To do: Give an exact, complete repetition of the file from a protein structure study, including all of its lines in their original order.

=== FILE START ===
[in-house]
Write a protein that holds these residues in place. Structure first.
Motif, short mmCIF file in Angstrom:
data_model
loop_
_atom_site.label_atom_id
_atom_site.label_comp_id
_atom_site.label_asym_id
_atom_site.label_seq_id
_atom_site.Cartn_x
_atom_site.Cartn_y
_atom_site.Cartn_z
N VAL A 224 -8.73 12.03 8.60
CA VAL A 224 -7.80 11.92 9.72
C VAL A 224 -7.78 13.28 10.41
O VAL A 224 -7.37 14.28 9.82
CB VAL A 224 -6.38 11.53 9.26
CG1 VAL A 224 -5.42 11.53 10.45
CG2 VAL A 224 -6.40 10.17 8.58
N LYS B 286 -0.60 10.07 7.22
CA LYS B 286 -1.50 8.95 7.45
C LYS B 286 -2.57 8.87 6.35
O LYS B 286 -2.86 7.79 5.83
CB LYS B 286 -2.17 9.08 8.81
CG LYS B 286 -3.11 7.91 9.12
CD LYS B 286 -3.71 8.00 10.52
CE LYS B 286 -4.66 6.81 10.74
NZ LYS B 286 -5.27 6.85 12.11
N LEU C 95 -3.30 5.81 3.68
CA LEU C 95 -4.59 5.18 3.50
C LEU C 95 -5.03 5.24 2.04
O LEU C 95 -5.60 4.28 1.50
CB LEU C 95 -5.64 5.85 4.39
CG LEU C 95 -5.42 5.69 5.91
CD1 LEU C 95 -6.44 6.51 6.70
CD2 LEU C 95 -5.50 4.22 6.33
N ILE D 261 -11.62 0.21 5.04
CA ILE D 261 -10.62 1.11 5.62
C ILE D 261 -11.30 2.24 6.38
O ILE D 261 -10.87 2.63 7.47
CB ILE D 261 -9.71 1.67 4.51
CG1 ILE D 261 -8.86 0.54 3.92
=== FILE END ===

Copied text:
[in-house]
Write a protein that holds these residues in place. Structure first.
Motif, short mmCIF file in Angstrom:
data_model
loop_
_atom_site.label_atom_id
_atom_site.label_comp_id
_atom_site.label_asym_id
_atom_site.label_seq_id
_atom_site.Cartn_x
_atom_site.Cartn_y
_atom_site.Cartn_z
N VAL A 224 -8.73 12.03 8.60
CA VAL A 224 -7.80 11.92 9.72
C VAL A 224 -7.78 13.28 10.41
O VAL A 224 -7.37 14.28 9.82
CB VAL A 224 -6.38 11.53 9.26
CG1 VAL A 224 -5.42 11.53 10.45
CG2 VAL A 224 -6.40 10.17 8.58
N LYS B 286 -0.60 10.07 7.22
CA LYS B 286 -1.50 8.95 7.45
C LYS B 286 -2.57 8.87 6.35
O LYS B 286 -2.86 7.79 5.83
CB LYS B 286 -2.17 9.08 8.81
CG LYS B 286 -3.11 7.91 9.12
CD LYS B 286 -3.71 8.00 10.52
CE LYS B 286 -4.66 6.81 10.74
NZ LYS B 286 -5.27 6.85 12.11
N LEU C 95 -3.30 5.81 3.68
CA LEU C 95 -4.59 5.18 3.50
C LEU C 95 -5.03 5.24 2.04
O LEU C 95 -5.60 4.28 1.50
CB LEU C 95 -5.64 5.85 4.39
CG LEU C 95 -5.42 5.69 5.91
CD1 LEU C 95 -6.44 6.51 6.70
CD2 LEU C 95 -5.50 4.22 6.33
N ILE D 261 -11.62 0.21 5.04
CA ILE D 261 -10.62 1.11 5.62
C ILE D 261 -11.30 2.24 6.38
O ILE D 261 -10.87 2.63 7.47
CB ILE D 261 -9.71 1.67 4.51
CG1 ILE D 261 -8.86 0.54 3.92